Very subjective remarks, Yousef! Anyone can sit around and make such comments without knowing anything about anything! Subjective remarks don’t suggest any kind of superior knowledge. Being the author of the article, the only part I can partially relate to is the intention for producing some laughs. However, I must point out that, humor wasn’t the only intention.

Anyways, If you have any valid criticisms about the article please feel free to comment on the blog. I will allow the criticism if you promise to behave yourself by not getting personal. Please make sure you read the blog rules and intend to adhere to them before commenting!

Yousef - May 9, 2009

“Anyone can sit around and make such comments without knowing anything about anything…”

Yes, that seems to be your expertise 🙂

As for valid criticism, you simply dismissed them all by saying that I was personally attacking you. Well, your comments are a personal attack on all Muslims with same-sex attractions as you group them up as a devilish bunch.

Sister: No nonsense, please! - May 10, 2009

Well, your comments are a personal attack on all Muslims with same-sex attractions as you group them up as a devilish bunch.

I never did.

13. Sister: No nonsense, please! - May 8, 2009

You need to read more on the blog before arguing this point with me, as I certainly don’t use that terminology and think that yours is confused too. The point I was making to you is that by definition, you should have compassion for Muslims no matter what their sins.

I have read enough material required for making my point. You are supposed to feel sorry for the Muslim as he should be severely punished for the sin, and abhor and harshly condemn the sin he is commiting to prevent yourself from ending up in hell.

I believe you have married the sorry-ness (for the sinner) with the hate-worthy sin by calling the Islamic perspective compassionate. What part of my terminology did you find confusing? Was that a subjective statement?

As for SSA being equivalent to waswas, that is not completely true as someone may have an inclination to something potentially even when the Shaytan is not actively whispering to them. But this is not an important point to argue over, except when it comes to how to tackle it. Seeking protection from the Shaytan is not the only thing, as a person should also address their social and psychological states as necessary.

All bad inclinations are shaytanic whispers. Shaytan’s activity increases as social and psychological corruption increases. You simply cannot underestimate shaytan and divorce him from any aspect of a human’s life! Shaytan is relevant here. Very relevant. Entirely relevant. So, in that respect shaytanic whisperings is a very important topic to argue over. Like they say, KNOW YOUR ENEMY! If we aren’t even tackling the issue, why then are we discussing it? Wasn’t this blog created for that very purpose (of tackling the gay disease)? Have I been missing something?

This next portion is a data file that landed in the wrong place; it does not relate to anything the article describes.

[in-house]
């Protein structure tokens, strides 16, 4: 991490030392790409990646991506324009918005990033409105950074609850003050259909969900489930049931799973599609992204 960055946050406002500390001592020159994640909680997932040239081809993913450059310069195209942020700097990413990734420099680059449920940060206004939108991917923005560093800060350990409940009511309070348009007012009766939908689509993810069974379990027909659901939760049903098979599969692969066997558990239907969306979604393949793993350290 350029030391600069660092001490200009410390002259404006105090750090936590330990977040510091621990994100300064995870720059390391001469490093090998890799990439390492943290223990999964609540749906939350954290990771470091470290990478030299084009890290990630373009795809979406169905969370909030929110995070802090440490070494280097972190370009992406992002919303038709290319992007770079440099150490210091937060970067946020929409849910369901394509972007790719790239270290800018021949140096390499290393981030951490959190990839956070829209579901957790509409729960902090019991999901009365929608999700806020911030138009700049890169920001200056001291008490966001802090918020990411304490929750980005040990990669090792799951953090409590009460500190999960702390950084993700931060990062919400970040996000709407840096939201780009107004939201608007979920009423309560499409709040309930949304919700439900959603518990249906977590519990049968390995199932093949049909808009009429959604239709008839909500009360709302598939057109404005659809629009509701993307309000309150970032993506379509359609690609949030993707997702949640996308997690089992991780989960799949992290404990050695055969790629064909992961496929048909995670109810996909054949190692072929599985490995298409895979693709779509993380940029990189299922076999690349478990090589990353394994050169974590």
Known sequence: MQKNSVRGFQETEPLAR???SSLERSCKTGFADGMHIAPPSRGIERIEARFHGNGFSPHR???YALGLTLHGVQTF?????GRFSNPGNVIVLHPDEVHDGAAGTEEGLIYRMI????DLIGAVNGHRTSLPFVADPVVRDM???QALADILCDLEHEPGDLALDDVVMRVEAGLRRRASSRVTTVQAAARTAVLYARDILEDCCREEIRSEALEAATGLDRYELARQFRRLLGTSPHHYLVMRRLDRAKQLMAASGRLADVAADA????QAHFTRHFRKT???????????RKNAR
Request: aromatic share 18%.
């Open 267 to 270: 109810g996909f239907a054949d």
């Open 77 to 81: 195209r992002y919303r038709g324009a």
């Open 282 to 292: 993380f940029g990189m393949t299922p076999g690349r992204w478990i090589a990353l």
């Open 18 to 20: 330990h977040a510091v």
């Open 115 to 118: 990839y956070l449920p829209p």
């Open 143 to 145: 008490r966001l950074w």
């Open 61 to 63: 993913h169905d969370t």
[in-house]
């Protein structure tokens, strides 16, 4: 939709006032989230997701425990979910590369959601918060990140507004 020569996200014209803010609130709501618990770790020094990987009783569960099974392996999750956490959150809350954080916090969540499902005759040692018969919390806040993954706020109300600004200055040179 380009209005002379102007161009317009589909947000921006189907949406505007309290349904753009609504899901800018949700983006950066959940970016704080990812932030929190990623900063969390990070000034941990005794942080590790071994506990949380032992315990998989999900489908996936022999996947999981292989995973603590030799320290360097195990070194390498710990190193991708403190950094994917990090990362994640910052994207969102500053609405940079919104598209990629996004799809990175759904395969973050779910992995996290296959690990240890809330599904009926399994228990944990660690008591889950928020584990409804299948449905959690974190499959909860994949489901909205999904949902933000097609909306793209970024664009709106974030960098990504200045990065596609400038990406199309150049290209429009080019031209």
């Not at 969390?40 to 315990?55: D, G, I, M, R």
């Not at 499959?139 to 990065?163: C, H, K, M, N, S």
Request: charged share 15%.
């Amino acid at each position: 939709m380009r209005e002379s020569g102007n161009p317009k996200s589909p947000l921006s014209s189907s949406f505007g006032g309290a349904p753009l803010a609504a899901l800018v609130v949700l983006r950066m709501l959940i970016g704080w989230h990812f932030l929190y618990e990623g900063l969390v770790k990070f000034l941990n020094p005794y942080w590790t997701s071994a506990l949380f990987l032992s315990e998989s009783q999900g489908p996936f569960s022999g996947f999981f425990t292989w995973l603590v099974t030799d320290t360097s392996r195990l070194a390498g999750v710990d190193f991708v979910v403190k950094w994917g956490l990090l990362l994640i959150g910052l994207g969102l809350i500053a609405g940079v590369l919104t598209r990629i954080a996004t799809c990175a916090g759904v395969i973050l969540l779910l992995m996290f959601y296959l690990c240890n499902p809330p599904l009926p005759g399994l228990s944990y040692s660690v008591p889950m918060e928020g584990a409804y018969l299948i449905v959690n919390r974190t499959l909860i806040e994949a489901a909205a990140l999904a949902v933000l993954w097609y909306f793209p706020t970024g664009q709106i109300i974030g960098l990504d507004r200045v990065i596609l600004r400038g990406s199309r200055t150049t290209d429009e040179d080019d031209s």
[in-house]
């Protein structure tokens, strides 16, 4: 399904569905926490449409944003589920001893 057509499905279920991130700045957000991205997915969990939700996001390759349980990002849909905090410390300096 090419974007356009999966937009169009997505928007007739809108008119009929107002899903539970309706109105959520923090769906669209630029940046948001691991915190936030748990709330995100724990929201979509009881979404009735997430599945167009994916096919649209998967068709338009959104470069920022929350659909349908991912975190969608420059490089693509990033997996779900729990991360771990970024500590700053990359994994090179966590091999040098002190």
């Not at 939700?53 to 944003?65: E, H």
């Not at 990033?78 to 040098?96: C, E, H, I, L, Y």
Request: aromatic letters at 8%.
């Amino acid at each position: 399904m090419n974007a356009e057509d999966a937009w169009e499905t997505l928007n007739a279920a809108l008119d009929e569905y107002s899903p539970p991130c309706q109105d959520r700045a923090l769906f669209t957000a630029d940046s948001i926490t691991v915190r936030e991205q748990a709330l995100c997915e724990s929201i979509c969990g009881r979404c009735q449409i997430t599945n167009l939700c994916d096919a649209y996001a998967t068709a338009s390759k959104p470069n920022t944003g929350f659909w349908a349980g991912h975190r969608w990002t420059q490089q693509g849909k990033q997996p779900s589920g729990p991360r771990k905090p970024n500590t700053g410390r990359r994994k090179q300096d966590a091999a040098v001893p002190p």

Finally, you seem to be arguing over quite a minor misunderstanding on your part, namely the matter of compassion. I am not using the word as a way to deny the reality of debate or even punishments (if such should be properly applied in a proper context), so I don’t see why you are so fussed.

I’m not misunderstanding, so there is no question of it being major or minor. I sense that you are refusing to see the point that I’m trying to make, so I’m fussed. The main cause of my fuss is that misplaced adjective being intertwined with the Islamic perspective on gay disease. So, I’ll take one more shot at serenitizing my fuss…

My book recently got stolen. I am mad. Super mad. I have a final coming up. I live in a kafir society where stealing is gradually becoming acceptable. Living under kafir rules, I will get accused of being stingy for protesting too loud over my stolen book. I decide to create a blog against thievery (if that’s a word. I coined it if its not) intending to discuss issues pertaining to thieves from an Islamic perspective. Before starting to blog, I decide to lay a solid foundation, for accurately understanding the thievery issue, by reading Islamic texts. After reading the strong condemnations and physical punishments, I decide to create a tagline for the blog–

Eye on Stealers-Principled, soft, Islamic stance

Right after I publish the first post: The Islamic condemnations and punishments related to stealing.

Should I close my eyes to all the criticism I would get about the misplaced adjective and logical inconsistency?

If someone yells a little loud…should I just say…

The word stays

to hush them down?

That is all. What more do I have to say? I’m exhausted!

Do you really not see or are you refusing to see?

14. Rasheed Eldin - May 8, 2009

“What part of my terminology did you find confusing? Was that a subjective statement?”

I mean it is confused, because a Qur’anic perspective will not allow us to define anyone as “gay” either because of their feelings or actions, as our concern is about what they do, not a matter of identity as its proponents claim. So I would never describe someone as a “gay Muslim” except in quote marks like that. The word “gay” has too many possible meanings and on a topic like this we need to be crystal clear what we intend.